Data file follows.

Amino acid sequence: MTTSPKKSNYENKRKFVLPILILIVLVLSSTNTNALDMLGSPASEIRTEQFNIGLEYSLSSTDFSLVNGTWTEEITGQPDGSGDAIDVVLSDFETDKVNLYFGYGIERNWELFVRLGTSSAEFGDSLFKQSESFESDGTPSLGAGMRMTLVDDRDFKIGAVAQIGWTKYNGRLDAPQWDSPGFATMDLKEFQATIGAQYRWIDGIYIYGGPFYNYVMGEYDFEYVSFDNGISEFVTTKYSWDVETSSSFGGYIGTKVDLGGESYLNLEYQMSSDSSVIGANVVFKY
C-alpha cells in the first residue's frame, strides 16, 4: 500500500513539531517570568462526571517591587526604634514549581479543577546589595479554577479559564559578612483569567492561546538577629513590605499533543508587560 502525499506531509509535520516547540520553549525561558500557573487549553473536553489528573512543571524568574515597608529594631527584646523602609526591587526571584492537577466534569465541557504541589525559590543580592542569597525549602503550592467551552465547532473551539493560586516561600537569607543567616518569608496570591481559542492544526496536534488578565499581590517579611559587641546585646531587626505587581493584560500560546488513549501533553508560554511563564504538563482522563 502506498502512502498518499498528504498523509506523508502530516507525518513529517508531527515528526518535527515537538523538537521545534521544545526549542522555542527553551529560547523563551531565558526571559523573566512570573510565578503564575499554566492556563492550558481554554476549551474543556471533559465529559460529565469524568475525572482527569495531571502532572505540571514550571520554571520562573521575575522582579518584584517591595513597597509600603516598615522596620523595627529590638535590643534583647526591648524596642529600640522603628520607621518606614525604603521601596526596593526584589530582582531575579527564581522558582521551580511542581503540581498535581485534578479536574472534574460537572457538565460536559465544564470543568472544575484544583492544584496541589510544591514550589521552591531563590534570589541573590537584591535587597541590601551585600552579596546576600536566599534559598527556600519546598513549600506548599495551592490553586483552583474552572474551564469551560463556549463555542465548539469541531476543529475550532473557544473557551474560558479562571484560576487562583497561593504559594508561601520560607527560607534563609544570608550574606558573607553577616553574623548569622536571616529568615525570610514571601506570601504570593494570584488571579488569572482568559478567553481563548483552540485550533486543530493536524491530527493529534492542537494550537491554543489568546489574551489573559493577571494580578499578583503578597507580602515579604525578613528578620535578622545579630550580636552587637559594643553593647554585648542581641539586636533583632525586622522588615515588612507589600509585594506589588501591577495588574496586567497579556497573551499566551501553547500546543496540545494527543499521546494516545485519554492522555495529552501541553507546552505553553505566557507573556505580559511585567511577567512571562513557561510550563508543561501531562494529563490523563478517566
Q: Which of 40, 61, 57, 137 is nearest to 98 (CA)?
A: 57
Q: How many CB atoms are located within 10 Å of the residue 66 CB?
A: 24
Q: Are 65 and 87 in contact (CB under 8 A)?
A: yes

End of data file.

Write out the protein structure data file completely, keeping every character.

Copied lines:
Amino acid sequence: MTTSPKKSNYENKRKFVLPILILIVLVLSSTNTNALDMLGSPASEIRTEQFNIGLEYSLSSTDFSLVNGTWTEEITGQPDGSGDAIDVVLSDFETDKVNLYFGYGIERNWELFVRLGTSSAEFGDSLFKQSESFESDGTPSLGAGMRMTLVDDRDFKIGAVAQIGWTKYNGRLDAPQWDSPGFATMDLKEFQATIGAQYRWIDGIYIYGGPFYNYVMGEYDFEYVSFDNGISEFVTTKYSWDVETSSSFGGYIGTKVDLGGESYLNLEYQMSSDSSVIGANVVFKY
C-alpha cells in the first residue's frame, strides 16, 4: 500500500513539531517570568462526571517591587526604634514549581479543577546589595479554577479559564559578612483569567492561546538577629513590605499533543508587560 502525499506531509509535520516547540520553549525561558500557573487549553473536553489528573512543571524568574515597608529594631527584646523602609526591587526571584492537577466534569465541557504541589525559590543580592542569597525549602503550592467551552465547532473551539493560586516561600537569607543567616518569608496570591481559542492544526496536534488578565499581590517579611559587641546585646531587626505587581493584560500560546488513549501533553508560554511563564504538563482522563 502506498502512502498518499498528504498523509506523508502530516507525518513529517508531527515528526518535527515537538523538537521545534521544545526549542522555542527553551529560547523563551531565558526571559523573566512570573510565578503564575499554566492556563492550558481554554476549551474543556471533559465529559460529565469524568475525572482527569495531571502532572505540571514550571520554571520562573521575575522582579518584584517591595513597597509600603516598615522596620523595627529590638535590643534583647526591648524596642529600640522603628520607621518606614525604603521601596526596593526584589530582582531575579527564581522558582521551580511542581503540581498535581485534578479536574472534574460537572457538565460536559465544564470543568472544575484544583492544584496541589510544591514550589521552591531563590534570589541573590537584591535587597541590601551585600552579596546576600536566599534559598527556600519546598513549600506548599495551592490553586483552583474552572474551564469551560463556549463555542465548539469541531476543529475550532473557544473557551474560558479562571484560576487562583497561593504559594508561601520560607527560607534563609544570608550574606558573607553577616553574623548569622536571616529568615525570610514571601506570601504570593494570584488571579488569572482568559478567553481563548483552540485550533486543530493536524491530527493529534492542537494550537491554543489568546489574551489573559493577571494580578499578583503578597507580602515579604525578613528578620535578622545579630550580636552587637559594643553593647554585648542581641539586636533583632525586622522588615515588612507589600509585594506589588501591577495588574496586567497579556497573551499566551501553547500546543496540545494527543499521546494516545485519554492522555495529552501541553507546552505553553505566557507573556505580559511585567511577567512571562513557561510550563508543561501531562494529563490523563478517566
Q: Which of 40, 61, 57, 137 is nearest to 98 (CA)?
A: 57
Q: How many CB atoms are located within 10 Å of the residue 66 CB?
A: 24
Q: Are 65 and 87 in contact (CB under 8 A)?
A: yes